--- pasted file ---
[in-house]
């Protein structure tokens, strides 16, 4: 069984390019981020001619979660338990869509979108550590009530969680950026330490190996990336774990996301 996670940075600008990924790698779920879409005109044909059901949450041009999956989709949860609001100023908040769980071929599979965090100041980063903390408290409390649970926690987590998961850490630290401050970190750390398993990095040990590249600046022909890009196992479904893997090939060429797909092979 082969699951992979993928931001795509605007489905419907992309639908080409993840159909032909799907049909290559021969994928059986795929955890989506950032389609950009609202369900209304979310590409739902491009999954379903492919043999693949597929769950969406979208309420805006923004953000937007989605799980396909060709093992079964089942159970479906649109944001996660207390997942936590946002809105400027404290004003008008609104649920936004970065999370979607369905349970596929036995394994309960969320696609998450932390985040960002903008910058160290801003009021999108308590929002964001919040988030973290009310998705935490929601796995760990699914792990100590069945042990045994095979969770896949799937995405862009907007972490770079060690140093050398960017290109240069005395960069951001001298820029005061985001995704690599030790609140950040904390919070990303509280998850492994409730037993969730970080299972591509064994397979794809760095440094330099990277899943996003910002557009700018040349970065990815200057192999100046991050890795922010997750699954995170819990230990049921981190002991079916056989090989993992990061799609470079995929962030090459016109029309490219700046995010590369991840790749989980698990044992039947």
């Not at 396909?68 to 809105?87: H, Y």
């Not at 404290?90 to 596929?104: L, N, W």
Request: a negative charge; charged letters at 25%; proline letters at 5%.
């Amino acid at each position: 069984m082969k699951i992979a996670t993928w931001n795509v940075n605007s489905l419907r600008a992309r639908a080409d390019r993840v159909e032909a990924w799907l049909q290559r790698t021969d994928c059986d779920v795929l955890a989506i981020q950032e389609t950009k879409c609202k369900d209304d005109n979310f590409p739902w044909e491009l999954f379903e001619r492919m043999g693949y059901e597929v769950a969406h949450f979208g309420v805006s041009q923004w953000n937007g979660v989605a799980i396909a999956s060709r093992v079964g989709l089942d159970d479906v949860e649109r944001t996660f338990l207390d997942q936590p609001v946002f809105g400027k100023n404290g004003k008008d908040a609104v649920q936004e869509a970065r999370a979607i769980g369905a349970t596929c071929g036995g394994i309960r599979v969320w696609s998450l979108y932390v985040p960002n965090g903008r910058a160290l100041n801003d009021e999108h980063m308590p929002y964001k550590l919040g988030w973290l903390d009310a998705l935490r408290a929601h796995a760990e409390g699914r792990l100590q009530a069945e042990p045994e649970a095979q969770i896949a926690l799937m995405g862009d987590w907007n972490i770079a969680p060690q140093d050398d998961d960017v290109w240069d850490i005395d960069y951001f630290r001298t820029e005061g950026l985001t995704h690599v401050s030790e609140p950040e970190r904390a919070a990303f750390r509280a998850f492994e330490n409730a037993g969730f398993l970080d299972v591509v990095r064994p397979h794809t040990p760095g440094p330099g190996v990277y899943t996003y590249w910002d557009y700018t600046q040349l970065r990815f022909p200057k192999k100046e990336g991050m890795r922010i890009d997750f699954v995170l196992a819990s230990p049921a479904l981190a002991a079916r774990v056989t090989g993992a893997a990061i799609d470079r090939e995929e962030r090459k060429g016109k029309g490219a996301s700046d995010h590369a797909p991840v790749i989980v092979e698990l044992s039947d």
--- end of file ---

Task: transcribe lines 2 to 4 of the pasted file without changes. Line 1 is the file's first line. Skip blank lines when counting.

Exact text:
């Protein structure tokens, strides 16, 4: 069984390019981020001619979660338990869509979108550590009530969680950026330490190996990336774990996301 996670940075600008990924790698779920879409005109044909059901949450041009999956989709949860609001100023908040769980071929599979965090100041980063903390408290409390649970926690987590998961850490630290401050970190750390398993990095040990590249600046022909890009196992479904893997090939060429797909092979 082969699951992979993928931001795509605007489905419907992309639908080409993840159909032909799907049909290559021969994928059986795929955890989506950032389609950009609202369900209304979310590409739902491009999954379903492919043999693949597929769950969406979208309420805006923004953000937007989605799980396909060709093992079964089942159970479906649109944001996660207390997942936590946002809105400027404290004003008008609104649920936004970065999370979607369905349970596929036995394994309960969320696609998450932390985040960002903008910058160290801003009021999108308590929002964001919040988030973290009310998705935490929601796995760990699914792990100590069945042990045994095979969770896949799937995405862009907007972490770079060690140093050398960017290109240069005395960069951001001298820029005061985001995704690599030790609140950040904390919070990303509280998850492994409730037993969730970080299972591509064994397979794809760095440094330099990277899943996003910002557009700018040349970065990815200057192999100046991050890795922010997750699954995170819990230990049921981190002991079916056989090989993992990061799609470079995929962030090459016109029309490219700046995010590369991840790749989980698990044992039947």
């Not at 396909?68 to 809105?87: H, Y």
């Not at 404290?90 to 596929?104: L, N, W």